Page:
Homeowners begin cleaning up after tornado - WAFB 9 News Baton Rouge, Louisiana News, Weather, Sports

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Homeowners begin cleaning up after tornado

The tornado damaged 15 to 20 homes and knocked down trees and power lines. (Source: James Sparvero/WAFB) The tornado damaged 15 to 20 homes and knocked down trees and power lines. (Source: James Sparvero/WAFB)
AMITE, LA (WAFB) -

The cleanup is underway in Tangipahoa Parish after a tornado damaged between 15 and 20 homes, but despite the damage, residents are in high spirits and thankful that no one was injured.

Instead of getting ready for Santa, many people in Amite spent Christmas Eve picking up the pieces after a tornado ripped through the area. However, that was the reality Wednesday for people on Leander Lane. Investigators with the National Weather Service examined the debris left behind and rated the tornado as an EF-2 with winds of 115 mph. They added it traveled about 4.5 miles.

"It's a tragic event," said CJ Purdue.

Investigators reported the tornado touched down south of LA 16 just east of Amite and moved northeast. They said it lifted before reaching Pine Drive. In addition to the damage to home, the storm knocked down trees and power lines. According to Entergy, about 200 customers are still without power.

Residents said they are very thankful because it could have been worse. Dozens of volunteers showed up early Wednesday morning to help their neighbors and friends with the cleanup. Chief Bruce Cutrer with the Amite Fire Department was one of those receiving assistance.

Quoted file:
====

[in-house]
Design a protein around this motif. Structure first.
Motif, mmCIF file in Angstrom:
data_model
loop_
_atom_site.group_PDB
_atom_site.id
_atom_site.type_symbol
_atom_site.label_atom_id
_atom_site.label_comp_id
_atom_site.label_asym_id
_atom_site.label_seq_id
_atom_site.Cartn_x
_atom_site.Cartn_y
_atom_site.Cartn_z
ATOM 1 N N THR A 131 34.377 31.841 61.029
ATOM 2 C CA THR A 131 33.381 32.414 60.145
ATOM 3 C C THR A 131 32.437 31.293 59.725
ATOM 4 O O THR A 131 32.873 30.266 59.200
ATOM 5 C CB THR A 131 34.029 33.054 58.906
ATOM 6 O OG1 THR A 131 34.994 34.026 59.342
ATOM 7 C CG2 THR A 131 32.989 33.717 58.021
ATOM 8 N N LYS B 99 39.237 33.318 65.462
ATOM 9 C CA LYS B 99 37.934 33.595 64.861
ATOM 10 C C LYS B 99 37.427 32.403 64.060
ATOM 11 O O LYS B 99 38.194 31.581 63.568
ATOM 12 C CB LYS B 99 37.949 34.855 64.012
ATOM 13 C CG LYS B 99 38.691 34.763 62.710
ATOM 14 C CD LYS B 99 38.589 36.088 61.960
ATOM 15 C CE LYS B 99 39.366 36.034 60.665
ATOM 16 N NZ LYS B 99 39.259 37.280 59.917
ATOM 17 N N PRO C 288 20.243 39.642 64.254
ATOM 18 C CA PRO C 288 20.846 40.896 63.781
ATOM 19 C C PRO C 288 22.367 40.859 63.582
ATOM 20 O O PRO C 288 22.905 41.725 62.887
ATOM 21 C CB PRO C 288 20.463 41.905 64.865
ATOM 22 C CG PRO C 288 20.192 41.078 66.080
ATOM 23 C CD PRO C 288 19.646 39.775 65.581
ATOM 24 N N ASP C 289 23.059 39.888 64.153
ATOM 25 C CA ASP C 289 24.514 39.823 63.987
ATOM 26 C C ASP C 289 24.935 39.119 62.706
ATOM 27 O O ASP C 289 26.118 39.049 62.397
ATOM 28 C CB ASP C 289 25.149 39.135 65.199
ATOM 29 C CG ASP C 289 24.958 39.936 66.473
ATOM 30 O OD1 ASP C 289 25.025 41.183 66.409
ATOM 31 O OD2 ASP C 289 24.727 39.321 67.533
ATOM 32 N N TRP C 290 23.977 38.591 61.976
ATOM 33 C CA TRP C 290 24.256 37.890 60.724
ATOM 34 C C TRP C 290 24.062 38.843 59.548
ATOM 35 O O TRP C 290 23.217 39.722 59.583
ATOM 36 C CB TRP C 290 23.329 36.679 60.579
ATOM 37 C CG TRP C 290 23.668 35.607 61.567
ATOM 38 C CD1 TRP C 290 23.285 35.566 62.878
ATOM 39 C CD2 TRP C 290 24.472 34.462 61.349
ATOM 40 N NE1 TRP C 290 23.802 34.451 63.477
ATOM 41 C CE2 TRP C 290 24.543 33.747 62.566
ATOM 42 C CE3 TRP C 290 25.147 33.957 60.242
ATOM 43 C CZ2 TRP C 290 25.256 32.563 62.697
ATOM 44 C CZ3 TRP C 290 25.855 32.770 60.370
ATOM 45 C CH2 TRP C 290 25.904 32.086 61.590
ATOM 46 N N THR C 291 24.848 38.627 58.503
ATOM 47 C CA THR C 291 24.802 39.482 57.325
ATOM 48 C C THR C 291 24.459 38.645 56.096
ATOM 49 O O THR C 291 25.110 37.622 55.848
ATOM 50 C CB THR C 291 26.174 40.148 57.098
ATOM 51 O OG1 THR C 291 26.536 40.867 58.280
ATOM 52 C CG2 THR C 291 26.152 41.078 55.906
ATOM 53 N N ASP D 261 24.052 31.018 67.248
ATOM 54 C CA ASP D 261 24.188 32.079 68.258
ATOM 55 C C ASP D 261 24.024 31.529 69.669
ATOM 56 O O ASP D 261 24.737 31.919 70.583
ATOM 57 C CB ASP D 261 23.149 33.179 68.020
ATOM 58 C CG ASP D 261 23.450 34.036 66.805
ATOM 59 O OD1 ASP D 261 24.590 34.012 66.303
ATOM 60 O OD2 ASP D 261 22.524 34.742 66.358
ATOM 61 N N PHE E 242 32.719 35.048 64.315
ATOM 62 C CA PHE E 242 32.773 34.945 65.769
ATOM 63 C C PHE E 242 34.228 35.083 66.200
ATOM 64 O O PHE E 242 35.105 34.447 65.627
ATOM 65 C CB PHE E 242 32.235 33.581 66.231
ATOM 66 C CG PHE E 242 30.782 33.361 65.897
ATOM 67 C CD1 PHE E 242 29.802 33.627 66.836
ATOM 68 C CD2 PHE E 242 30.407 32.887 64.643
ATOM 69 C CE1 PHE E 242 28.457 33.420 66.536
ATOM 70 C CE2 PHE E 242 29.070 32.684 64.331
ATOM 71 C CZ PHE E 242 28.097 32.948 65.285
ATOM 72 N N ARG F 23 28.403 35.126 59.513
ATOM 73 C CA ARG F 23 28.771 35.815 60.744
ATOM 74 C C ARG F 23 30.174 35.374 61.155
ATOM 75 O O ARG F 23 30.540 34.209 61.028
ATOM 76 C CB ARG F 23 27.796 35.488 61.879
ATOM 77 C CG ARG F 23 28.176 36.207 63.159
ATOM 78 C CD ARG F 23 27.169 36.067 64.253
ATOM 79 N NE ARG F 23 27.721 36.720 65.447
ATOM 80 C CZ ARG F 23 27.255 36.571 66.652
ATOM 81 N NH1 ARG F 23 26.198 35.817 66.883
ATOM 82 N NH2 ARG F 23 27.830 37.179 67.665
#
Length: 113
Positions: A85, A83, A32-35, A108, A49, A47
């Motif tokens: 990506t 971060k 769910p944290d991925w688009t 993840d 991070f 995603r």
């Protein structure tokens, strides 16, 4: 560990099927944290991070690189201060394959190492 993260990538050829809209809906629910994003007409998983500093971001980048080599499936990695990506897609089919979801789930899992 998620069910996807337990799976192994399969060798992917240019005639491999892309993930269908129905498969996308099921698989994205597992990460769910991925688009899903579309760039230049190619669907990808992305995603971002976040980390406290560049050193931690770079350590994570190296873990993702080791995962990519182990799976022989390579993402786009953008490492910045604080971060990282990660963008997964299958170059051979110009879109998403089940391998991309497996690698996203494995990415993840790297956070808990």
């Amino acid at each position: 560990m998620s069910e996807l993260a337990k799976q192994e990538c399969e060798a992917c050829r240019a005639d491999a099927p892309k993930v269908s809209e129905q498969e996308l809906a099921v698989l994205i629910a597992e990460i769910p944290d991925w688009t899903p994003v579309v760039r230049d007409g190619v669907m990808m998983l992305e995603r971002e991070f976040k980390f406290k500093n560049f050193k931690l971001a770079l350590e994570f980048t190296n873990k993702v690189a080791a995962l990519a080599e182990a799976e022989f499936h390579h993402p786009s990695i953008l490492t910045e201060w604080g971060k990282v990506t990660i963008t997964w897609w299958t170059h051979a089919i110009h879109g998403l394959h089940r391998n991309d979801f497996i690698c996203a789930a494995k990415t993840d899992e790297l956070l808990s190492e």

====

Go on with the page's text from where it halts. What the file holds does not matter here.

"I was overwhelmed to begin with," Cutrer said. "I actually broke down at the beginning and my fire department and officers and personnel there were such great support. They took the bull by the horns and ran with it."

He's been a firefighter for 48 years and during that time has helped the community countless times. Now, it was others reaching out to help him get back on his feet after his home was damaged in the storm.

"Starting at my house, I've got roof damage, door busted, window busted. And then, right here was actually a pump house, a shed that encompassed my well and my reservoir and it's completely gone," Cutrer added.

His losses did not go unnoticed. When Nick Barlow heard about the storm, he wanted to help, bringing a team of volunteers from Chalmette.

"We seen the news last night and was thinking, 'Man, that's a tough time to go through something like this right here at Christmas,'" Barlow said. "Didn't know who we were coming to meet or what we were coming to do. We just wanted to come lend a hand."

Cutrer was among some 300 people who went a second day without power. Extra crews were called in to help get the lights back on in the tight-knit community.

"We know most of the victims personally," said Terry Bradley. "It's hard, but thank God nobody got hurt."

The Red Cross and the St. Bernard Parish Sheriff's Office were also on scene.

"It's a home grown family here. When you see people who you're close to that this affects and suffers the wrath of a storm like this, you just want to come out and all hands on deck try to get everything accomplished," Purdue added.

The tornado is a Christmas memory no one saw coming, but because everyone survived unscathed, it reiterates to people what is most important this holiday.

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